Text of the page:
Friday, October 2nd 2020, 7:00 am - We've seen minimoons before, but apparently not one quite like this
Earth is apparently about to pick up a new minimoon. This is an unusual one, though, as it may not be natural.
There is a lot of debris out in space. Billions of objects are left over from the formation of the solar system. They whiz around the Sun, and every once in awhile, we hear about some of them passing fairly close by our planet. Astronomers are discovering new ones, of all different sizes, all the time. There's also the junk that orbits Earth, which we have been adding to since the first orbital launches in the late 1950s. This includes everything from tiny slivers of metal and flecks of paint, up to defunct satellites and expended rocket boosters.
While these two types of space debris are usually separate from one another, starting around mid-October, we are going to see an interesting intersect between the two realms.
On September 17, 2020, the Pan-STARRS survey at the Haleakala Observatory spotted a new object, which was named 2020 SO. As the survey traced previous unnoticed observations back to August 19, and continued to follow the object, astronomers noticed some unusual aspects to it.
In a tweet posted on September 20, amateur astronomer Tony Dunn posted an animation of 2020 SO's unusual interaction with Earth.
Asteroid 2020 SO may get captured by Earth from Oct 2020 - May 2021. Current nominal trajectory shows shows capture through L2, and escape through L1. Highly-chaotic path, so be prepared for lots of revisions as new observations come in. @renerpho @nrco0e https://t.co/h4JaG2rHEd pic.twitter.com/RfUaeLtEWq— Tony Dunn (@tony873004) September 20, 2020
First, as shown above, it appeared as though it would become the next of Earth's minimoons. A 'minimoon' is better known to astronomers and NASA scientists as a Temporary Satellite or a Temporarily Captured Object. They are tiny asteroids that come close enough to Earth, and are travelling at the right angle and speed, that they slip into irregular orbits around the planet for a short time. Then, due to the influence of various gravitational forces, they zip back out of the Earth-Moon system to continue orbiting the Sun.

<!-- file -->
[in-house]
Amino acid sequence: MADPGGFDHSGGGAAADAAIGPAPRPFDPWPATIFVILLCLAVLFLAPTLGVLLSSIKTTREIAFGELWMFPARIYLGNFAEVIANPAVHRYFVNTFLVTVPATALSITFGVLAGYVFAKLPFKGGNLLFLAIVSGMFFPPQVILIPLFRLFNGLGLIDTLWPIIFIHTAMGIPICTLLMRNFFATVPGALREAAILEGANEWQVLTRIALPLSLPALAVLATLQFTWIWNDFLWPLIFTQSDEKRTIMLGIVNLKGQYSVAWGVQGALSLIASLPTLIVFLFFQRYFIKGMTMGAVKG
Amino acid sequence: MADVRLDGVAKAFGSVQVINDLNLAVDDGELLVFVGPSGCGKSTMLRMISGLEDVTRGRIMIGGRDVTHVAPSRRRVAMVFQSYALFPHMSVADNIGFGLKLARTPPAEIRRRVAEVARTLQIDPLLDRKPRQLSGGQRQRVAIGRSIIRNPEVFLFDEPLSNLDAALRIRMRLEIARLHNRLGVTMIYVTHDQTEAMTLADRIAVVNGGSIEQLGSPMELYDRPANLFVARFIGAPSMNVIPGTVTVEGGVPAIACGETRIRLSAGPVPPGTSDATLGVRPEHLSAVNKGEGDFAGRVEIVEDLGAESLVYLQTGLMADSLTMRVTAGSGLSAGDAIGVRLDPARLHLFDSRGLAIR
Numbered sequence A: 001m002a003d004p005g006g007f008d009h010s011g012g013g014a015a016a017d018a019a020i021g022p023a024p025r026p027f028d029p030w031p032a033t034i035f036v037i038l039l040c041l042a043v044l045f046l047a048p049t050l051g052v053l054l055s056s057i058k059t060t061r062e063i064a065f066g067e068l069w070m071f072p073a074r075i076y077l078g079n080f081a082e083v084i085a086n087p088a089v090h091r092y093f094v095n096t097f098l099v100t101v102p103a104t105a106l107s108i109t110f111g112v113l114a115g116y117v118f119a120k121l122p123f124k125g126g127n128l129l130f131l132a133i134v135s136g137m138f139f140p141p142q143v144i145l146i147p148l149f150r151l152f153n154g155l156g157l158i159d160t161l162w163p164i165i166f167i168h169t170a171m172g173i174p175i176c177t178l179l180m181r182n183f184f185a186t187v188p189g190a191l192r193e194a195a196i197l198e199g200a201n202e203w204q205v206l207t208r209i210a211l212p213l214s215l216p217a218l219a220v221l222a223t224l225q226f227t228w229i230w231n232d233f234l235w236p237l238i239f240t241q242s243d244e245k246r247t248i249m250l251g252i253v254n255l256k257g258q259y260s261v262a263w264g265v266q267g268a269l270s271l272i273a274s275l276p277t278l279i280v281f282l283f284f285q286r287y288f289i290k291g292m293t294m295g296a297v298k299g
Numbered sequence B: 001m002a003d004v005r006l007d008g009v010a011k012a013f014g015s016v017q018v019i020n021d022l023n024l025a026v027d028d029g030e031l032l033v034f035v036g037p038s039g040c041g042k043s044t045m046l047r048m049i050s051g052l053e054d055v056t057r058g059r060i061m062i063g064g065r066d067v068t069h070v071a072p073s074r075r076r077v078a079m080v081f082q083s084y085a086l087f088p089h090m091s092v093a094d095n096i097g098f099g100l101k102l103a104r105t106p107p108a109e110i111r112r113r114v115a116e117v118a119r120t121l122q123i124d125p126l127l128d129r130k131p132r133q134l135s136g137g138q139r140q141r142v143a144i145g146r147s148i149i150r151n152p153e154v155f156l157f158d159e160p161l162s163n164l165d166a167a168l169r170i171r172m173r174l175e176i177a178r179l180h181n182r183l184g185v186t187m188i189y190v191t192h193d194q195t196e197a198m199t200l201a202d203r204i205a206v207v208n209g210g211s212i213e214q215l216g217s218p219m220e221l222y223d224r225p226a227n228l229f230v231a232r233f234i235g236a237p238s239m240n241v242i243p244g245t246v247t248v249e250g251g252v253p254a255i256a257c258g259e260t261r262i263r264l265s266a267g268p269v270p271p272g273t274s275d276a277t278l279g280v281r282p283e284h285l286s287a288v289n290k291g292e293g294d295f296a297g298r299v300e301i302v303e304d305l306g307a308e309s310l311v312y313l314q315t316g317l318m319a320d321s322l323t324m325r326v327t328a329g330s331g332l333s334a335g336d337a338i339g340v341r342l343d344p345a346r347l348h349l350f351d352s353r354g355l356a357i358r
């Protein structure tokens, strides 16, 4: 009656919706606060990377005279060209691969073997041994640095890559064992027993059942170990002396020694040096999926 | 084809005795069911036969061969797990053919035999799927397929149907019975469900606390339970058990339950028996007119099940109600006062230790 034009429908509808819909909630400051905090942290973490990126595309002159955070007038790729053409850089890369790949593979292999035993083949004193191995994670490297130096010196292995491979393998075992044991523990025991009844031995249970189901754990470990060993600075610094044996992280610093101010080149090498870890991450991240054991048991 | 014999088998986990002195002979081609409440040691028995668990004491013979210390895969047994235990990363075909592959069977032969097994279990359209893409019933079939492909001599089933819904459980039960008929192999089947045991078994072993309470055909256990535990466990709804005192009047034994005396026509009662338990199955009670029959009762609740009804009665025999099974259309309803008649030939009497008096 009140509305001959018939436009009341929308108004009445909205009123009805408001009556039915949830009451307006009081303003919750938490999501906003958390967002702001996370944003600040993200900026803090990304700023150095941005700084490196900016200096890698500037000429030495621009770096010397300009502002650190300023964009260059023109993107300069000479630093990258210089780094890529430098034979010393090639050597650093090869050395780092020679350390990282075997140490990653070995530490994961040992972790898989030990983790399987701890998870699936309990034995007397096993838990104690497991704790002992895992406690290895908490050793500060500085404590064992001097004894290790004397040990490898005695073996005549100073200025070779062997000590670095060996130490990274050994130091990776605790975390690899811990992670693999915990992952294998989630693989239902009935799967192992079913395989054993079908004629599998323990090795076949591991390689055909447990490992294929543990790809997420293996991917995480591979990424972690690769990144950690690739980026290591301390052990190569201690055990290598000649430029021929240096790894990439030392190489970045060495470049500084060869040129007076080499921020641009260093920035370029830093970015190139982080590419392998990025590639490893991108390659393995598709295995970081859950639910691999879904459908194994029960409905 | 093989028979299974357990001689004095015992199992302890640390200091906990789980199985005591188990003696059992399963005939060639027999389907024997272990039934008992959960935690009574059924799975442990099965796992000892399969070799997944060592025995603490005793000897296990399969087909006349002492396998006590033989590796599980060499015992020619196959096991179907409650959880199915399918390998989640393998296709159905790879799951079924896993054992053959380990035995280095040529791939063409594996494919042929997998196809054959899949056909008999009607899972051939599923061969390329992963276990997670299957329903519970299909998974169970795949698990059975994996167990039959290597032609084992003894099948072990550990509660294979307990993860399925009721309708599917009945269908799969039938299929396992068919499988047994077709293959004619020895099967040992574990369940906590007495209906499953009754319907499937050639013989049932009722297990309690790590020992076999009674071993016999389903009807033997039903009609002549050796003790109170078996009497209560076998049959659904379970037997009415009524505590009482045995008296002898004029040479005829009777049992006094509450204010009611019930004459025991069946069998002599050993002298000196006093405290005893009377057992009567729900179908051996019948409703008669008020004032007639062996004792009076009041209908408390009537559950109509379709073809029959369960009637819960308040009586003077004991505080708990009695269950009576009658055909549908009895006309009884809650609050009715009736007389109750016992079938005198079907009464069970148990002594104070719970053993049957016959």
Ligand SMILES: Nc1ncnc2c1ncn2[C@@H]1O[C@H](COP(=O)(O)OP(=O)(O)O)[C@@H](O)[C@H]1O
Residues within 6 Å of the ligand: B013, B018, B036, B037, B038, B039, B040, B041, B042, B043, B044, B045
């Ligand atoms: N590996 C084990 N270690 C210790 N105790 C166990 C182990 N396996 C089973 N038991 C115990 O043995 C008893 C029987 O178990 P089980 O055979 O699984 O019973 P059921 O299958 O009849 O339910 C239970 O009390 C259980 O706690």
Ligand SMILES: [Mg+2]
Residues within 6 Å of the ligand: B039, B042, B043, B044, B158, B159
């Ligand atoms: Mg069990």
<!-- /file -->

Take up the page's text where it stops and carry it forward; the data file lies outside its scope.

If that was it, 2020 SO might have been worth a mention, but it wouldn't be very remarkable. We've had other minimoons. A space rock known as 2006 RH120 was orbiting Earth from September 2006 to June 2007, and it may do so repeatedly, every 20 years. More recently, astronomers discovered 2020 CD3, which could have been looping around our planet since 2015, before flying off in May of this year.
This still image from the orbit simulation of 2020 SO shows its path around Earth and the Moon, from around mid-October, until early 2021. Credit: Tony Dunn/Orbitsimulator.com
What makes 2020 SO stand out from the others is that it appears to be artificial. The biggest giveaway for this was how slow it is travelling.
In late September, an asteroid known as 2020 SW flew between the Earth and the Moon. It came closer to Earth than the ring of the geostationary weather and communication satellites that circle around 36,000 km from the planet. When this space rock passed us, it was travelling at a relative speed of nearly 8 kilometres per second (28,000 km/h).
According to NASA's calculations, when 2020 SO passes the Moon on November 1, on its first inbound orbit as a minimoon, it will be travelling at a speed of only 0.84 km/s (just over 3,000 km/h) relative to Earth. Also, its orbit around the Sun is a close match to Earth's orbit.
This orbit diagram shows how 2020 SO's path around the Sun closely matches that of Earth. Credit: NASA CNEOS
That's pretty unusual for an asteroid. As it turns out, though, it's not unusual for a rocket that was launched 54 years ago.
"I suspect this newly discovered object 2020 SO to be an old rocket booster because it is following an orbit about the Sun that is extremely similar to Earth's, nearly circular, in the same plane, and only slightly farther away the Sun at its farthest point," Paul Chodas, the manager of the Center for Near-Earth Object Studies (CNEOS) at NASA's Jet Propulsion Laboratory, told CNN.
"That's precisely the kind of orbit that a rocket stage separated from a lunar mission would follow, once it passes by the Moon and escapes into orbit about the Sun," Chodas explained. "It's unlikely that an asteroid could have evolved into an orbit like this, but not impossible."
This still image from the orbit simulation of 2020 SO shows its path around Earth and the Moon from two different angles. The red portions of its orbital path indicate when the object is below the ecliptic plane, while orange is when it is above, revealing the odd looping path. Credit: Tony Dunn/Orbitsimulator.com
The likely candidate, according to Chodas, is the Atlas-Centaur booster rocket that launched NASA's failed Surveyor 2 lander to the Moon in 1966.
The September 20 launch went off without a hitch, and the Atlas-Centaur rocket put Surveyor 2 on target for touchdown in a region of the Moon called Sinus Medii. While the lander suffered a failure and crashed, nearly three days later, the rocket itself continued on past the Moon, to enter an orbit around the Sun. NASA lost track of it then, but now, it may be back.
"In a month or so we will get an indication of whether or not 2020 SO really is a rocket body, since we should start being able to detect the effect of sunlight pressure has on the motion of this object: if it really is a rocket body, it will be much less dense than an asteroid and the slight pressure due to sunlight will produce enough change in its motion that we should be able to detect it in the tracking data," Chodas told CNN.
Keep an eye out for updates on this unusual space object!